Let it go, let it go, let it go!

Don't blame Christmas for how capitalism has run roughshod over our traditional values

It's Christmas! The annual one-week interval in which we all have carte blanche to sentimentalise our family relationships, wear novelty hats, eat with a brazen disregard for health and etiquette and spend economy-reviving amounts on goods we don't need or want. It's the time of year when our instincts, both good (showering one another in presents) and bad (getting drunk, watching films with no merit), are allowed to overwhelm the rules of decency and common sense that bind us for the other 51 weeks of the year. In a single phrase, it is, as the old song says, the most wonderful time of the year.

You'll now be bracing yourself for the comic reversal of that first paragraph, in which I reveal that I hate the festive period. But in a sort of pre-emptive strike against the cynical gloom some people adopt at this time of year, I'm using my final pre-Yule column to urge everyone to at least try to have some bloody fun this Christmas.

All right, all the jollity can be a bit cloying, the sight of an amateurishly wrapped jumper can make the heart sink, and even the most fervent admirer
of the Home Alone films has probably seen enough of them by now. But really, if there isn't some member of your family, or a friend, or someone you can look forward to pulling a cracker with over a glass of port, you are either so lonely I'm tempted to invite you to my house (tempted, I said, don't push it) or you're just not trying.

It's not as if there is a better alternative. We all know December, January and February are lousy. It gets dark shortly after breakfast, the sky is grey for 112 days in a row, and my football team are normally knocked out of the FA Cup around the third day of the new year. Do we really want to fast-forward to the early days of 2010? What else are we meant to do in the last week of December anyway - watch daytime TV and long for death?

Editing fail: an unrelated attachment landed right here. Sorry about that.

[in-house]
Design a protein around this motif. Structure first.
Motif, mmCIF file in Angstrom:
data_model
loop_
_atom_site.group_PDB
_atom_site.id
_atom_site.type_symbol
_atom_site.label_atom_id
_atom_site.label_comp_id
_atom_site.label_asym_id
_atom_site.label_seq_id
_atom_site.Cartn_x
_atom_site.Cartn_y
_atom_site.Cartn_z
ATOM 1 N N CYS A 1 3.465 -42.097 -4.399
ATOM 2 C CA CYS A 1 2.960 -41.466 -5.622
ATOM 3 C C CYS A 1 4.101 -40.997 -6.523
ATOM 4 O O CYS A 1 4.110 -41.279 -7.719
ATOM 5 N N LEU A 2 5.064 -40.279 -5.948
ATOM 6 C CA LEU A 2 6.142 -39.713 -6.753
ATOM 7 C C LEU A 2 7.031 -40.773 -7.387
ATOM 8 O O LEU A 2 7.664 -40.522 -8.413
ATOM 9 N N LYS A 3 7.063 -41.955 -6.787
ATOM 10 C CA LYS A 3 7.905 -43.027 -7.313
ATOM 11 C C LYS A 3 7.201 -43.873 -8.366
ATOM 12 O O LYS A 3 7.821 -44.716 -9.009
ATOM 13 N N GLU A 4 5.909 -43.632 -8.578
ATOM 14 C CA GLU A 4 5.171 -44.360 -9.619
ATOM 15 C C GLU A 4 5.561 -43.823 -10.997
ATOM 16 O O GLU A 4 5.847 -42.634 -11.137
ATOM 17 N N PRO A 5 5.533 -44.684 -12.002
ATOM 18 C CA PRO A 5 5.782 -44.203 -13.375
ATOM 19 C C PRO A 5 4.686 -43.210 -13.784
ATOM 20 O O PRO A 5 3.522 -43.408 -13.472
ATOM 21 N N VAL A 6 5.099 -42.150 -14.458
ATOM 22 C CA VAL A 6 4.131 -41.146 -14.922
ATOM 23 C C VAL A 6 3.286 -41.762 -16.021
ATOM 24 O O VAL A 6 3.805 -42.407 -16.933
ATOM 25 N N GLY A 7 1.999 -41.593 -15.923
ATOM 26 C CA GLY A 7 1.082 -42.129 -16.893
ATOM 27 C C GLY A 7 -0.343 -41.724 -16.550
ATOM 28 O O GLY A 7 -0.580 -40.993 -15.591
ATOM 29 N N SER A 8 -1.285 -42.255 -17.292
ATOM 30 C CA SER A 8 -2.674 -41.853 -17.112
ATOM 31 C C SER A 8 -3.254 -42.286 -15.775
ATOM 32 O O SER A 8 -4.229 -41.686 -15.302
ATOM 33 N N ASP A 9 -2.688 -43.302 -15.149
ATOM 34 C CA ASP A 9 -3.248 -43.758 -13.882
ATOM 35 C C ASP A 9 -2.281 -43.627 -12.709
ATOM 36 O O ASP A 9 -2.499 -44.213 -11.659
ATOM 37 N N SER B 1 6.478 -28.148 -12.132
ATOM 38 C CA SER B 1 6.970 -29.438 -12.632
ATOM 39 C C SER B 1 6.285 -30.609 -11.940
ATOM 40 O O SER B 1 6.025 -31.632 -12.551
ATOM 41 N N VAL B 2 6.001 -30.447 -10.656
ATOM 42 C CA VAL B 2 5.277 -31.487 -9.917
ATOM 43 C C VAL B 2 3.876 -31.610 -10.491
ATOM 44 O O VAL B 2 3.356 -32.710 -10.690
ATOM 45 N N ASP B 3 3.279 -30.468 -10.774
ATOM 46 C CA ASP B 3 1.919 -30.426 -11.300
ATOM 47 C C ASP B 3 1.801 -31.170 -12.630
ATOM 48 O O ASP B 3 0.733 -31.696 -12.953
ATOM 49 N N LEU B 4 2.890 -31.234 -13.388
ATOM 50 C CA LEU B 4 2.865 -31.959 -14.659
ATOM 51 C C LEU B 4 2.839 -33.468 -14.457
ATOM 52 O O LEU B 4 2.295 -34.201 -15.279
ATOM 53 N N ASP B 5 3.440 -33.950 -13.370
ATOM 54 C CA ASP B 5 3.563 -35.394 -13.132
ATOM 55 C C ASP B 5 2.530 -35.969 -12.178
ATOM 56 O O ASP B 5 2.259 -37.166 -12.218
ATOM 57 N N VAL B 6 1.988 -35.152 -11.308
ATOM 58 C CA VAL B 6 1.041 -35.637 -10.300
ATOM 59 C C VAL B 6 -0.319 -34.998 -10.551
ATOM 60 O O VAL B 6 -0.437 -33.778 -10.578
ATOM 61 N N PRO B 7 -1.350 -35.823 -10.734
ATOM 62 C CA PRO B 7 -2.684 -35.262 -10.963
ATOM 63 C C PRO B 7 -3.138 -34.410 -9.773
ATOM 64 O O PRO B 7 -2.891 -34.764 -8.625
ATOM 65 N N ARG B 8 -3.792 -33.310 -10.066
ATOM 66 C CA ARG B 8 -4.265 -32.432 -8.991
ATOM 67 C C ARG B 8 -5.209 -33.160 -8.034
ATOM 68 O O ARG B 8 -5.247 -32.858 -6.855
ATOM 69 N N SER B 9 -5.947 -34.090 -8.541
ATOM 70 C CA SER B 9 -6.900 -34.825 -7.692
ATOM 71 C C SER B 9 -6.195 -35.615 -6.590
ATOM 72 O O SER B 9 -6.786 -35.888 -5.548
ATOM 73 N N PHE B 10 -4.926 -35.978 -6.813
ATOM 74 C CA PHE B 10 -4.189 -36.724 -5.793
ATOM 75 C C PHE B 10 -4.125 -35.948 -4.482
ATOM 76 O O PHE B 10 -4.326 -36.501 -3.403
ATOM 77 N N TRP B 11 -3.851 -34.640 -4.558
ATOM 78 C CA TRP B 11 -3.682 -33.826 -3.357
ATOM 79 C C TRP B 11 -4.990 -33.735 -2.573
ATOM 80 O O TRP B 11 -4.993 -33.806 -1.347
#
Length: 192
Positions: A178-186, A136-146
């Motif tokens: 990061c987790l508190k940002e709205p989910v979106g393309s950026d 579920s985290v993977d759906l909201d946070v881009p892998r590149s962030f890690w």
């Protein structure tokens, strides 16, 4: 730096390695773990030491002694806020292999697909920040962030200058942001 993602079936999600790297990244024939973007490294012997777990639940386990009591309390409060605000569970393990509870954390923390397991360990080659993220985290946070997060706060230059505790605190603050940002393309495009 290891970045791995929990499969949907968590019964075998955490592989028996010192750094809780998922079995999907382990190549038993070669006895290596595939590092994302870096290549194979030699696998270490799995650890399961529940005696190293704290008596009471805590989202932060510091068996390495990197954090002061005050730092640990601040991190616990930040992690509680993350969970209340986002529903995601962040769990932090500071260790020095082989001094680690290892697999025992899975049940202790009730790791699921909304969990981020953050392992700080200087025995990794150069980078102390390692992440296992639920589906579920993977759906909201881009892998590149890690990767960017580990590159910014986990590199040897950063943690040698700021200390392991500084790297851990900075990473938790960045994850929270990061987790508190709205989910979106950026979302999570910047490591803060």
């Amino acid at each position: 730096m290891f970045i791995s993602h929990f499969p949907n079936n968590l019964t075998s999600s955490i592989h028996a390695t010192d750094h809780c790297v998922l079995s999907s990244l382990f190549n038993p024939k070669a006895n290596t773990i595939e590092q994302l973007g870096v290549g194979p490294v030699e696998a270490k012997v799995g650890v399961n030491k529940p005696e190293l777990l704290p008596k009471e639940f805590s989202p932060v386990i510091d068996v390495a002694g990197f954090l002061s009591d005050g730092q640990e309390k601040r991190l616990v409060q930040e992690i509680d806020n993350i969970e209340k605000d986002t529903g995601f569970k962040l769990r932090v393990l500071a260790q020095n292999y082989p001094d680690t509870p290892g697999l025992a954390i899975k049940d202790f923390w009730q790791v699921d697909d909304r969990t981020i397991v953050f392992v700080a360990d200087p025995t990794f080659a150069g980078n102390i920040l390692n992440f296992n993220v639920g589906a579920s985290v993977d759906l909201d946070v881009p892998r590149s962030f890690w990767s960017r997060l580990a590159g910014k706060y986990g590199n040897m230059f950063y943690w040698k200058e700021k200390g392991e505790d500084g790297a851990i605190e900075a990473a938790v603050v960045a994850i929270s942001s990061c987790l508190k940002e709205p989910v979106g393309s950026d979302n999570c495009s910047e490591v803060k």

And, yes, Christmas these days is ridiculously overhyped, hyperactive, voracious and exhausting. But guess what? So is the whole of modern western civilisation. Don't blame Christmas for how capitalism has run roughshod over our traditional values and how it's near-impossible to go through a day without seeing an image of Kerry Katona. Let's bemoan the shortcomings of our trashy society for the rest of the year. Christmas is the time to make the most of the madness.

It's your one chance to play Twister, eat sausages wrapped in bacon (meat stuffed with more meat: as good as food can get), and kiss people under the pretence of irony. So get to it, people. I'm now about to throw myself into celebrations, and I strongly suggest you all do the same. If I hear anyone complaining that it's all a bit much, I shall drown it out by singing "Good King Wenceslas". And I warn you, that thing has a lot of verses. And I know them all. Ho ho ho!

Mark Watson is a stand-up comedian and novelist. His most recent book, Crap at the Environment, follows his own efforts to halve his carbon footprint over one year.

This article first appeared in the 21 December 2009 issue of the New Statesman, Christmas Special